For screen reader users: The audio feature is recommended to be turned off.

As you talk about each menu, try different options on your screen to show learners how they affect Weavly.

Visual themes

A menu for selecting visual themes for the Weavly coding environment.

A script to say to learners:

You have a few colour options for Weavly. Give each option a try and decide on one that you would like. You can always go back here and change your selection.

Audio settings

Weavly audio settings menu

You can choose to turn on/off different sounds in Weavly. Give the toggle a try and decide if you would like to keep this on or off. You can always come back here and turn this feature on/off.

Scene background selector

Weavly scene background selector menu

You can also pick different backgrounds for your scene. Choose the Scene background selector button and try to select the one you would like.

Play area


The scene includes a grid of 12 columns and 8 rows. The grid layout supports learners to locate their character on the scene. This information can also help with planning a path towards a specific grid cell as learners build a program.

As your character moves around the scene, a line can be drawn when the Pen Down toggle (located in the right side of scene) is turned on. The Pen Down toggle helps learners to focus their attention on tracking the movement of the character along with the program they have built. The feature also allows learners to draw a picture when they have selected the Sketchpad background.

Depending on the learner’s experiences with co-ordinates, facilitators can have have learners practice naming the co-ordinate found at specific locations. Likewise, educators could ask them to identify what they see at a specific co-ordinate. This activity will help facilitators to explicitly teach and practice the word co-ordinate.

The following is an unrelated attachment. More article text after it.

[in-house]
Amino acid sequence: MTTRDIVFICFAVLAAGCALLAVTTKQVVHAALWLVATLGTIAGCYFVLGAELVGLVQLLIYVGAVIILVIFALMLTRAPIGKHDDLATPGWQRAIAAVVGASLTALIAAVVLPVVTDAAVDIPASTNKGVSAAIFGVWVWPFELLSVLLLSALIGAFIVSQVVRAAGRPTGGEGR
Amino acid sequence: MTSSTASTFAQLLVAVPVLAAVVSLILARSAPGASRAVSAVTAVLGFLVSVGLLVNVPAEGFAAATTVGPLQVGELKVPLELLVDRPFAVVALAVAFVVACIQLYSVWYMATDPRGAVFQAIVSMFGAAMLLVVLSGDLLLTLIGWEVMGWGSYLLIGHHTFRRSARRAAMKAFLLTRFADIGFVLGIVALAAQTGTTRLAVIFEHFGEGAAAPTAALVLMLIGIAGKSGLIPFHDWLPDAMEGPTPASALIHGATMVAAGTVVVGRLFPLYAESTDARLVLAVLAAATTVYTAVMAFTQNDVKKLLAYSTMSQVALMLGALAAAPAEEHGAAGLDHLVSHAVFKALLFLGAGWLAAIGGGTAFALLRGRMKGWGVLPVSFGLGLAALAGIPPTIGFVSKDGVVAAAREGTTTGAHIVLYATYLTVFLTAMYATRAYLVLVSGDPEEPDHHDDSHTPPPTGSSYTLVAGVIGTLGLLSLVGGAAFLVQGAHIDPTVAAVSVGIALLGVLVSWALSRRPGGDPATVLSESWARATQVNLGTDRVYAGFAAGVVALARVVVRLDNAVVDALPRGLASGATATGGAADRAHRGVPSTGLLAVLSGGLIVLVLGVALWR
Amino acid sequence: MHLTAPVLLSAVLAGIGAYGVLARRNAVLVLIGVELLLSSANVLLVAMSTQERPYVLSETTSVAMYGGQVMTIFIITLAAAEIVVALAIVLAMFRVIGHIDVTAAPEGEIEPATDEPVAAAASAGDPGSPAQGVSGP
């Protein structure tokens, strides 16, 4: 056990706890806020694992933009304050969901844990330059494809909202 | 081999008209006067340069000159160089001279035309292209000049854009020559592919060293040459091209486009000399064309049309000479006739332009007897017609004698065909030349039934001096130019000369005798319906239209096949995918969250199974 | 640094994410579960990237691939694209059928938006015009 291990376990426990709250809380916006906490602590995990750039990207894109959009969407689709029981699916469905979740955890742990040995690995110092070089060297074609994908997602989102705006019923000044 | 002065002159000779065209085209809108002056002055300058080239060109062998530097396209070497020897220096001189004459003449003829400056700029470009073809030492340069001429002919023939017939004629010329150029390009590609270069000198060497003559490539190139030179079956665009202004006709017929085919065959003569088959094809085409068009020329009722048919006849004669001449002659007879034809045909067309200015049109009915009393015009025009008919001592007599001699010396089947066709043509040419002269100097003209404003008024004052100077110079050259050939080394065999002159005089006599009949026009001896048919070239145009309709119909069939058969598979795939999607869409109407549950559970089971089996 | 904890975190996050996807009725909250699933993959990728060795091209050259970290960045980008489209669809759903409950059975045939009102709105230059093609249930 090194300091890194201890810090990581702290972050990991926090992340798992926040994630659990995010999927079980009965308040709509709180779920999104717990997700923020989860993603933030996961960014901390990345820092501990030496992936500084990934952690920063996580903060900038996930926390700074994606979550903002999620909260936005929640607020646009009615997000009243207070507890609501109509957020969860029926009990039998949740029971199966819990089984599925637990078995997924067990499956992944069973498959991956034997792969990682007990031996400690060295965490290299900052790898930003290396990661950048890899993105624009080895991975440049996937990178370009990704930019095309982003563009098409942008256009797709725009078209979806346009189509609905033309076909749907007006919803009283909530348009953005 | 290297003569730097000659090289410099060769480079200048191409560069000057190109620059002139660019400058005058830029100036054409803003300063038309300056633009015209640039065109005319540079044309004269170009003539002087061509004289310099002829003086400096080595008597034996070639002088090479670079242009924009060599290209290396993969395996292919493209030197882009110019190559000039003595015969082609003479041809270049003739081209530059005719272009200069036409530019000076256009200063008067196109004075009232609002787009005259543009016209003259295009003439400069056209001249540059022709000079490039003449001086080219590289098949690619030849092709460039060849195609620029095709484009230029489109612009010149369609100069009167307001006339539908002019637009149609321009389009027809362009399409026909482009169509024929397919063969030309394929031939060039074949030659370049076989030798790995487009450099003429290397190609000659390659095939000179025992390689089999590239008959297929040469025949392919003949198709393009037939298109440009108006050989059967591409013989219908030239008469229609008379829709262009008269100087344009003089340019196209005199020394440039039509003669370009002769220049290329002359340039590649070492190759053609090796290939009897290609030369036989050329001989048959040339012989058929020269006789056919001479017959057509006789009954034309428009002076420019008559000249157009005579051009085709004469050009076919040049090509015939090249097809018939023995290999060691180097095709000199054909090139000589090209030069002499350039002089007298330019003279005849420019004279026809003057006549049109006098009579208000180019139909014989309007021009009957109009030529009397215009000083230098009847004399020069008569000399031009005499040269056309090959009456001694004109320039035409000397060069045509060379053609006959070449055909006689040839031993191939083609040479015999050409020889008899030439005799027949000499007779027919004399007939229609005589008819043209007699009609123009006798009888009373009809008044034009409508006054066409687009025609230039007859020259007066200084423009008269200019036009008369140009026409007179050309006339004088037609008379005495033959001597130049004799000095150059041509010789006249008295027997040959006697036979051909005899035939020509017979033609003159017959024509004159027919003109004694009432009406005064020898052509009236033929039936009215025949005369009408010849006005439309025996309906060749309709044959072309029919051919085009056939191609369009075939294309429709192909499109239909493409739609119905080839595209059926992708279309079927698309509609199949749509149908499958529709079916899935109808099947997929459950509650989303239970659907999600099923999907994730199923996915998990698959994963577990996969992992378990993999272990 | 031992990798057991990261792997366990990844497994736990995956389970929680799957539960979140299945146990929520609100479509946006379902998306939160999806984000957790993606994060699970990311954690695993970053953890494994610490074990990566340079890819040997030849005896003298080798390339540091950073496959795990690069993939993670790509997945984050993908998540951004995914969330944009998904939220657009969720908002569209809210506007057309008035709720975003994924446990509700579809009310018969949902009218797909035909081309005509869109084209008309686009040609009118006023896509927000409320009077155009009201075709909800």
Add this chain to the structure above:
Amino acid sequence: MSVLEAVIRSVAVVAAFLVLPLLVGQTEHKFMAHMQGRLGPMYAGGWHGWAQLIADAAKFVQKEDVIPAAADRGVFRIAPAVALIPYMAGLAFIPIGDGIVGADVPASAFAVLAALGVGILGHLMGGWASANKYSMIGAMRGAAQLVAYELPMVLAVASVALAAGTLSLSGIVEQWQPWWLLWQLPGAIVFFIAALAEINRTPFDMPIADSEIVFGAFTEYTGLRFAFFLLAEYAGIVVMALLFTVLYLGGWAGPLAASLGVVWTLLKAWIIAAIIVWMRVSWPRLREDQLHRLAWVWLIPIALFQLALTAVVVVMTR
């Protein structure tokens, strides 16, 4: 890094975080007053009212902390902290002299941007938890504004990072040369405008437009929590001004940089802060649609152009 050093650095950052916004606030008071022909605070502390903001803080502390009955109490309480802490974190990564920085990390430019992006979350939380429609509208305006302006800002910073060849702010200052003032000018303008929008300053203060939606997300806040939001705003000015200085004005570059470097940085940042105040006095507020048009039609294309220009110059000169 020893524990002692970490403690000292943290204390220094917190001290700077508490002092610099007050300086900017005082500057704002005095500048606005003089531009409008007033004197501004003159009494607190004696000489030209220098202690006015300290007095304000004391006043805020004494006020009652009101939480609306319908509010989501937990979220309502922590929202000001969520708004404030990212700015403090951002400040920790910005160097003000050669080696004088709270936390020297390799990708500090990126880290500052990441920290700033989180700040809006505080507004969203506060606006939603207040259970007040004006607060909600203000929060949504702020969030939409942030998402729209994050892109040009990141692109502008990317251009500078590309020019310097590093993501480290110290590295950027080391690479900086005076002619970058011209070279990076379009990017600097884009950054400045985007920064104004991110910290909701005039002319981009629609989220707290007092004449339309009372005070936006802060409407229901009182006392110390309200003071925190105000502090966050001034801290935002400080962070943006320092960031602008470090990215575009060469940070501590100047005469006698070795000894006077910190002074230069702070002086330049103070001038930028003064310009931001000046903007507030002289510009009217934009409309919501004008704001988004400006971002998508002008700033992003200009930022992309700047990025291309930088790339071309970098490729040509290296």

Scene close up

A script to say to learners:

The “Scene” is where your character gets to move and play. This scene is made of a grid that has 12 columns and 8 rows. The columns are labelled by alphabet letters from A-L and the rows are numbered 1-8. In your scene, you have a character. Right now, it is on the top left corner of your grid – on Column A, Row 2. We call its location as A-2. Your character looks like a Robot right now.

Actions panel

Currently, there are two different types of action blocks available on Weavly.

Available action blocks on Weavly


The first type of action blocks can be used to make your character move. They include:

  • Moving forward by 1 square
  • Moving backward by 1 square
  • Turning right by 45 degrees
  • Turning right by 90 degrees
  • Turning left by 45 degrees
  • Turning left by 90 degrees

The second type of action blocks are controls. These controls give conditions to change how action blocks behave. Currently there is only the loop feature available under the control blocks that can be further explored in the Facilitation Guide for Advanced/Experienced Coders.

Learners can select one action block at a time and then add it to their program to build a sequence of actions.

A script to say to learners:

These actions are the building blocks for creating a program. You can think of the action panel as a fridge. If you want to make a program salad, you should come to this fridge and get any ingredients you need. There are different groups of action blocks to choose from. Here are the available actions blocks on Weavly: